The city background in the Bramley suggest that he may have some back ground in commercial art?

I certainly would like to see more of this artists work!

Thanks for the introduction to Mr. Bramley, Mr. Caputo!

I have been following your blog since it began.

Joe Y

joey2027 said...

oops, sorry, just re-read your article and you do mention the fact that Bramley had a back ground in commercial art!

my apologies.

Nick Caputo said...

Hi Joe,

Thanks for the kind words. The links I added point to many examples of Bramley's work. He was quite talented and did some wonderful magazine illustrations.

I agree with you that Bramley was able to play with the layout on that DD cover and make it less cluttered. Many of his covers are not as bombastic as the originals, but his quieter style is also attractive.

Thanks again for adding your thoughts and i hope you continue to comment. Like Mr. Lee, I enjoy getting feedback and always try to reply to everyone (I remember being very disappointed when, for a time in the 1960s they printed letters without replies to save time. That didn't go over well, since the personal response wasvery important ot the fans)

Kid said...

Another winner, Nick. I've seen the Daredevil cover before, but never knew the artist's name.

When the Masterworks volumes first reprinted DD's origin, it wasn't from original sources, but a re-inked one of a very high standard. However, the linework did not entirely match the original, and when I mentioned this to Tom Brevoort, he denied it, saying that the story had been reproduced from really good original proofs. (He was mistaken - a side-by-side comparison reveals the differences.)

Marvel always had a problem with reprinting this strip - if you look at the presentation in Super-Heroes #1 (1966), you can see that a lot of the linework has dropped out in places. I wondered at the time if the original Masterworks version of the story had been taken from an Australian source, one that had been retouched by an Australian artist to bring it up to par for black and white reproduction. If so, it might be the very artist who was doing the covers you mention. Any thoughts on the matter?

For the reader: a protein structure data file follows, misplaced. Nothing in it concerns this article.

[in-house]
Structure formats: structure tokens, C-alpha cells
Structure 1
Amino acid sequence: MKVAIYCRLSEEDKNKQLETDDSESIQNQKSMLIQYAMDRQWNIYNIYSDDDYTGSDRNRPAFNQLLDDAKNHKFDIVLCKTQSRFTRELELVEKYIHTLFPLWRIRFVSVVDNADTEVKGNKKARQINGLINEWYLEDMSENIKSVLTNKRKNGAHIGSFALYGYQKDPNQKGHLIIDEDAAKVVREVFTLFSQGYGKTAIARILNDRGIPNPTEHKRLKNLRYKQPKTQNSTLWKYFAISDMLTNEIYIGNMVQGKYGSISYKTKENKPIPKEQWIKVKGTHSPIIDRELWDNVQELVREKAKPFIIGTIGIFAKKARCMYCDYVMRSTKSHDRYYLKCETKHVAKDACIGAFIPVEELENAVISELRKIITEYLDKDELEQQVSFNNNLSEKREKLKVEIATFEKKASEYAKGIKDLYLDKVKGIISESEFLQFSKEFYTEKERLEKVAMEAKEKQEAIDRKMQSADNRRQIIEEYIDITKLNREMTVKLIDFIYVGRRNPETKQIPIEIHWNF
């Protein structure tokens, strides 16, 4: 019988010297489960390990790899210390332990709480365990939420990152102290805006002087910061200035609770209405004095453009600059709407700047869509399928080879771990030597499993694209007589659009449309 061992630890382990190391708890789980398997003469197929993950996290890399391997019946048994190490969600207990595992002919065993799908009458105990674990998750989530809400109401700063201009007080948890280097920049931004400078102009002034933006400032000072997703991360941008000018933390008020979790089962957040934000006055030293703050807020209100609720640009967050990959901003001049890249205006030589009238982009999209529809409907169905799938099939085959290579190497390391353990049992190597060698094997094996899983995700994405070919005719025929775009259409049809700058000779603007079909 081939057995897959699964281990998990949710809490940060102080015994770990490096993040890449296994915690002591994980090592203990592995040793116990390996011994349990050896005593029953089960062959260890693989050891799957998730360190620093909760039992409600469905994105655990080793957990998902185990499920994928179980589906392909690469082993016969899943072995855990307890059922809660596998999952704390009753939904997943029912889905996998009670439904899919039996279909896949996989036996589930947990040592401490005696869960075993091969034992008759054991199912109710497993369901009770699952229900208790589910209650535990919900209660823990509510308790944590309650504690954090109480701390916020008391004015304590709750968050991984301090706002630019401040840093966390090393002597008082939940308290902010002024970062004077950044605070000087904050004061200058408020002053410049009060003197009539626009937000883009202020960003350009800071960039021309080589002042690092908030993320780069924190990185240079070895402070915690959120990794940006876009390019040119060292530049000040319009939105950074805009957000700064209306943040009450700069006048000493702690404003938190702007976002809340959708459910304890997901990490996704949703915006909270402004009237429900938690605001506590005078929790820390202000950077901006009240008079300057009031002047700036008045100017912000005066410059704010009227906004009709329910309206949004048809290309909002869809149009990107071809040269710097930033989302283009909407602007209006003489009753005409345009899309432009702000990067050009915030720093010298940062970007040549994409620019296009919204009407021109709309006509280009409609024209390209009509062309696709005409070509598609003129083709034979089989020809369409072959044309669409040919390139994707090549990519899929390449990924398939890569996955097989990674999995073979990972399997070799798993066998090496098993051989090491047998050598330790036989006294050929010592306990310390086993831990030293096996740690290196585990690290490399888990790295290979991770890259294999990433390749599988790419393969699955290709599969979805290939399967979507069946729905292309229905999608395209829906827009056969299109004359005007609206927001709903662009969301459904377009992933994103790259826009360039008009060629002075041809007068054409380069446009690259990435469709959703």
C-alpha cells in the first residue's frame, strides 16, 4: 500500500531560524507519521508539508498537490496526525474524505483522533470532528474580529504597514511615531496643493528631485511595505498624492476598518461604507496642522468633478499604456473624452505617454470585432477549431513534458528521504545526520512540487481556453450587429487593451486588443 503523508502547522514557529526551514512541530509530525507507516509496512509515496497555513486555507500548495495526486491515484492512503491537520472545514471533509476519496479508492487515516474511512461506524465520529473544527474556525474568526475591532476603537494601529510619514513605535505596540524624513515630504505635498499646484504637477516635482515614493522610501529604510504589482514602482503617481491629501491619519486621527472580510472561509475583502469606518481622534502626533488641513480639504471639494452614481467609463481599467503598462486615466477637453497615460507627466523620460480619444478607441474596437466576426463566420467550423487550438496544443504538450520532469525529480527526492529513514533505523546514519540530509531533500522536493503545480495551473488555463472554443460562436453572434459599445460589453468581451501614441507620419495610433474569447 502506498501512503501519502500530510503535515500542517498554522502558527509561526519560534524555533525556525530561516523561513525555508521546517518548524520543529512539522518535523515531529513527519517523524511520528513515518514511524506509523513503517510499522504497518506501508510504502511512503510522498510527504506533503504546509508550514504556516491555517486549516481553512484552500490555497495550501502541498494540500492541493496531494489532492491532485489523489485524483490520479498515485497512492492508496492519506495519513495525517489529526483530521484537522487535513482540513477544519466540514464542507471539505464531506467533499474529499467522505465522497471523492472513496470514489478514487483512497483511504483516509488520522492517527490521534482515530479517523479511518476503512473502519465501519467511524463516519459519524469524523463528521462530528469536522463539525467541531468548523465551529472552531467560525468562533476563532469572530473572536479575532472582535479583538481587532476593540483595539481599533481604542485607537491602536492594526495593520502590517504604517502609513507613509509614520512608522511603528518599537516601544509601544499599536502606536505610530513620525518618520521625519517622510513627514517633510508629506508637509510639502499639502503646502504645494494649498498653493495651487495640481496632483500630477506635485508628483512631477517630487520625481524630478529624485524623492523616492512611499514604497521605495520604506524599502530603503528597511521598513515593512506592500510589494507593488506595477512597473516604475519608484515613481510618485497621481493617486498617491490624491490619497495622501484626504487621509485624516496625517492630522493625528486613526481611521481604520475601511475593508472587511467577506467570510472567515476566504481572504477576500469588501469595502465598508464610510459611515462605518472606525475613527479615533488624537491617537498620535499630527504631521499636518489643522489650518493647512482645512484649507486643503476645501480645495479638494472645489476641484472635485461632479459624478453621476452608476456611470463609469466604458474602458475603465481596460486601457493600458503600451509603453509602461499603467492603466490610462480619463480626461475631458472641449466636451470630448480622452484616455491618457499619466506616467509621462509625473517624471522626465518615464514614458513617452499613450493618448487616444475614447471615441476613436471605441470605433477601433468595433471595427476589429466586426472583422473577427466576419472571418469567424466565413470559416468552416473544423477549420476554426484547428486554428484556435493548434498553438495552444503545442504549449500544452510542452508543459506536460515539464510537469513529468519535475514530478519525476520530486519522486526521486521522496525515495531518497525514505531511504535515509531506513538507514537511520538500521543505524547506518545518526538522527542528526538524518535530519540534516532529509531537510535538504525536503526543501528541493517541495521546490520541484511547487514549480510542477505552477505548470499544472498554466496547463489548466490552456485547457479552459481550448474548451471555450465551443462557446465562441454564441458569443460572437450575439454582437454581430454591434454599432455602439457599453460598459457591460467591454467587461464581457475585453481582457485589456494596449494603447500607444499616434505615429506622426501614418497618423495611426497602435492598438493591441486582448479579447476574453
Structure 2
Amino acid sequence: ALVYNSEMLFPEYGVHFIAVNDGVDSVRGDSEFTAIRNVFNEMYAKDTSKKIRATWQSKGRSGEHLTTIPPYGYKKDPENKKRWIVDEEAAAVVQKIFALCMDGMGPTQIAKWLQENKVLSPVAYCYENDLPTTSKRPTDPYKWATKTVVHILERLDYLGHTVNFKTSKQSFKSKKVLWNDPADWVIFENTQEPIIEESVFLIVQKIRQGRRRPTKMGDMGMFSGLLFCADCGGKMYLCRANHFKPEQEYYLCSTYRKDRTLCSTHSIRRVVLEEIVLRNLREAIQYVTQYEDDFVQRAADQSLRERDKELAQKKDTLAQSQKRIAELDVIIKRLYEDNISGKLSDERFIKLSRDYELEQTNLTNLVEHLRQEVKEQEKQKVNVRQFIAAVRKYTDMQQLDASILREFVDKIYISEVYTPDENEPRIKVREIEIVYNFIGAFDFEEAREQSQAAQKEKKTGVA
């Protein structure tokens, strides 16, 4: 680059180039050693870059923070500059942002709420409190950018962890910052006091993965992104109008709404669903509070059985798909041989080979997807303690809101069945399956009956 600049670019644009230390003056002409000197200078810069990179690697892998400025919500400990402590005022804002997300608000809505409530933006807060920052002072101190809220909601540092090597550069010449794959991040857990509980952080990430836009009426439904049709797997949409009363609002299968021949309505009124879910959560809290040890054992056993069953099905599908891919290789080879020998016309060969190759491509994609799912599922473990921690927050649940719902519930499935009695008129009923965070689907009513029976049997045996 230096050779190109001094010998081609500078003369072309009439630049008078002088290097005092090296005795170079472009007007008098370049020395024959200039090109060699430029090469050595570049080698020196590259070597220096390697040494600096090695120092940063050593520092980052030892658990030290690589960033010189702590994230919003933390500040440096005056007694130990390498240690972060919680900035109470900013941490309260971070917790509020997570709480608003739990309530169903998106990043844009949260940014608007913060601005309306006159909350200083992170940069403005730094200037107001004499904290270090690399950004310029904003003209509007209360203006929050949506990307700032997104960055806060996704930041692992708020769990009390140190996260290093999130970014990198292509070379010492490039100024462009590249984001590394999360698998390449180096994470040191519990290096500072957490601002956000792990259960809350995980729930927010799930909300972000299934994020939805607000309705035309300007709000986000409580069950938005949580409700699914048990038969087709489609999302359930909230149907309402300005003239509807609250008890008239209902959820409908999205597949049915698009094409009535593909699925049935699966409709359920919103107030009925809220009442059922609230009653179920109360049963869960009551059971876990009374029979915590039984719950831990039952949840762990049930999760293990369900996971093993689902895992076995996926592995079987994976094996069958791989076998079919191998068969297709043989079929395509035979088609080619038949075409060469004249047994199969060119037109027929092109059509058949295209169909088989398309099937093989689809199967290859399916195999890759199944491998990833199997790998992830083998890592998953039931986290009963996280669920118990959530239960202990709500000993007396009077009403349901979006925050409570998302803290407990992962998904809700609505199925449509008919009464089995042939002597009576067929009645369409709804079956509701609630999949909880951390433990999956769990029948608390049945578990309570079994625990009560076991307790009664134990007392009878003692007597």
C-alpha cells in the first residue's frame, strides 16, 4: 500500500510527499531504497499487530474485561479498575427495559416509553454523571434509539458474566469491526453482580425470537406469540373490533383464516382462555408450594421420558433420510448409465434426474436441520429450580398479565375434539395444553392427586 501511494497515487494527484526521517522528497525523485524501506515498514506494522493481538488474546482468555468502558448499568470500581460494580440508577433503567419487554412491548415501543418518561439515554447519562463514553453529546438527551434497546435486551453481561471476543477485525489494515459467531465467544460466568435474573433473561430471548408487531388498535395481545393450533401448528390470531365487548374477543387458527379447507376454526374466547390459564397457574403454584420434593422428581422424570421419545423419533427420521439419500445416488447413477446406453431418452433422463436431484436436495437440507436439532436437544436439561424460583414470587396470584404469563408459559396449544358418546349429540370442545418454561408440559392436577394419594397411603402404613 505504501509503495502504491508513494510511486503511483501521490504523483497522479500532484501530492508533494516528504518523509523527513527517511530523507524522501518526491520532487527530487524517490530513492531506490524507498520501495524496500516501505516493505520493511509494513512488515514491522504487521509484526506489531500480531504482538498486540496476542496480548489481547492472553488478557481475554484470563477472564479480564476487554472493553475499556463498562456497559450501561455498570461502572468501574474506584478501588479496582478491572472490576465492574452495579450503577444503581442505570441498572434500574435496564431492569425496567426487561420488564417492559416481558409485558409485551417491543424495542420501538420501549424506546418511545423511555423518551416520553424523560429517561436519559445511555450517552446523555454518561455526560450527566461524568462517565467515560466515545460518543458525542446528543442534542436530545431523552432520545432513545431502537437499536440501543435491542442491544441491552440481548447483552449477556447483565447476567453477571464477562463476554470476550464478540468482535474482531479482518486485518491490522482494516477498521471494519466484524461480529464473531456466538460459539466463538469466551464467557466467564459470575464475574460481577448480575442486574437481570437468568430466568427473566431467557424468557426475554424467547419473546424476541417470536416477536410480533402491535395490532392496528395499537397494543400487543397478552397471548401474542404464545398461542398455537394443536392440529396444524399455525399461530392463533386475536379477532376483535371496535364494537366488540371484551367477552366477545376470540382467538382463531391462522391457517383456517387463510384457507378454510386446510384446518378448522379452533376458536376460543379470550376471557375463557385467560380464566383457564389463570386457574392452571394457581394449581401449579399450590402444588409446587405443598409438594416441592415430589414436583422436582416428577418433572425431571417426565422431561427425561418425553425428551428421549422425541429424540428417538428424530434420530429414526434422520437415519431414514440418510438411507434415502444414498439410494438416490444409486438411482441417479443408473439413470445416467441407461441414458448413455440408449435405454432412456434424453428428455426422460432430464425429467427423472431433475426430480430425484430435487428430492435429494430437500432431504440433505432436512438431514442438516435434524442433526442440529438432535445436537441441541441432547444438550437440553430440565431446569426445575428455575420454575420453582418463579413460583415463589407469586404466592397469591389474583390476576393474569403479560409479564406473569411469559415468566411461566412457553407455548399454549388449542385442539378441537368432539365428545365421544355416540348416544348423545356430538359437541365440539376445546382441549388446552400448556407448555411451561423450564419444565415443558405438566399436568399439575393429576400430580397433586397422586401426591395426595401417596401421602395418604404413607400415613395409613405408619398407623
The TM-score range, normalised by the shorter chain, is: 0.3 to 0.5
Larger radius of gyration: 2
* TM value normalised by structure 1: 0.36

Incidentally, the relatively recent softcover of the Daredevil Masterworks edition is the first time the story has been faithfully reproduced as it was in its original printing - maybe even better, in fact.

Nick Caputo said...

Hi Kid,

You are correct about the original DD Masterworks being touched up by another artist. I clearly remember when I first saw it that it was noticably and poorly replicated in places. Many of the faces and figures of Everett and Wood did not look anything like they should have,

I don't know if they used any of the australian reprinted work as I've never seen it. If anyone has that issue and can add anything, please do.

I'll have to take a look at that softcover reprinting.